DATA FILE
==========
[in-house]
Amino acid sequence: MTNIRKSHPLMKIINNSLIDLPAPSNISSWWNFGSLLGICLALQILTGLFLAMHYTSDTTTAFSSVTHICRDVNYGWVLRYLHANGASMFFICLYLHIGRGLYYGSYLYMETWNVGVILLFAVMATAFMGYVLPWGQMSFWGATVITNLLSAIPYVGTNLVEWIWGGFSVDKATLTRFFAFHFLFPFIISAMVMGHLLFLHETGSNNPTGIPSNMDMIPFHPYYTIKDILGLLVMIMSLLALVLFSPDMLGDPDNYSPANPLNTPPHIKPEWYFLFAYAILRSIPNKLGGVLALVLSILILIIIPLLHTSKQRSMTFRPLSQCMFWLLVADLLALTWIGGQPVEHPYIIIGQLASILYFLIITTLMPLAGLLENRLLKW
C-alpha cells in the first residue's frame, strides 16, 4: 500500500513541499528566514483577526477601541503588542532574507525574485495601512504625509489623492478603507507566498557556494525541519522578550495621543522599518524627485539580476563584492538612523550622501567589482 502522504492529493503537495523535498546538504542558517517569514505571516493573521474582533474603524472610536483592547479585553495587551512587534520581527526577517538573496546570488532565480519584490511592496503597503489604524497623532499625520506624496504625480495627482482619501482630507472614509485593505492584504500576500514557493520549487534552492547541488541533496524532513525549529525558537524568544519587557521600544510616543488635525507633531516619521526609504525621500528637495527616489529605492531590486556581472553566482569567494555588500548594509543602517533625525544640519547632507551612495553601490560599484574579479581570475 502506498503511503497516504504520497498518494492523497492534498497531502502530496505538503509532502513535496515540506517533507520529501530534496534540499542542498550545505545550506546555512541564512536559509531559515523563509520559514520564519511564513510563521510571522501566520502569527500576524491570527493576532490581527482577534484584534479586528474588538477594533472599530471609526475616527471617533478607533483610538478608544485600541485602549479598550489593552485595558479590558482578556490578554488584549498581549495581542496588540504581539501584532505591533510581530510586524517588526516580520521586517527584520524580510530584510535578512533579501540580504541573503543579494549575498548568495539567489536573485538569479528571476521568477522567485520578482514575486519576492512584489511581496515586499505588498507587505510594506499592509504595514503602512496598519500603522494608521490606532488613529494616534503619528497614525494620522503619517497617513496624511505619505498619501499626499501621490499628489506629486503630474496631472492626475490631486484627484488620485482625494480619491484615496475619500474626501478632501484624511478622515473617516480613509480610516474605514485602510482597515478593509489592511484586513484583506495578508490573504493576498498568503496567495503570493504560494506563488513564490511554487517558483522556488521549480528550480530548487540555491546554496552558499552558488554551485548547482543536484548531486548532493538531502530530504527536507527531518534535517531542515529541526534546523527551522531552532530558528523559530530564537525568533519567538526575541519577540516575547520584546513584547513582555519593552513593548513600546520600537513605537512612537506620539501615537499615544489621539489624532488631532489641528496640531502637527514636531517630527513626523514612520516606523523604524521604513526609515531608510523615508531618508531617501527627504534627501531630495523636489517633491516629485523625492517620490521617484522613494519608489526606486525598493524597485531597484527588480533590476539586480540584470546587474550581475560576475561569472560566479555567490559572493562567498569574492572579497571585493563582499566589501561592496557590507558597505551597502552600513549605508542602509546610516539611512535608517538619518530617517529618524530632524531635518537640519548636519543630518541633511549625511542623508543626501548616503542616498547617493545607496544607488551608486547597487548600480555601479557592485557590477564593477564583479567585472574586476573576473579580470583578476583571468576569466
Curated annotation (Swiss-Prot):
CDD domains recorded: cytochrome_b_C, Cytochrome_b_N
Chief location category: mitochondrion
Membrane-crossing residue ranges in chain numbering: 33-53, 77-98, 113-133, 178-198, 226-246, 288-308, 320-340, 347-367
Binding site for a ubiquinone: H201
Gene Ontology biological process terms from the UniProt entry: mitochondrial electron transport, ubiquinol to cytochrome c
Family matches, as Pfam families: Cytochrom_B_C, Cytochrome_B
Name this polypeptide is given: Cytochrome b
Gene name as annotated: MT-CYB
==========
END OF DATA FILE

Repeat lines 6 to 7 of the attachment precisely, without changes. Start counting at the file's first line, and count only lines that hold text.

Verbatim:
Chief location category: mitochondrion
Membrane-crossing residue ranges in chain numbering: 33-53, 77-98, 113-133, 178-198, 226-246, 288-308, 320-340, 347-367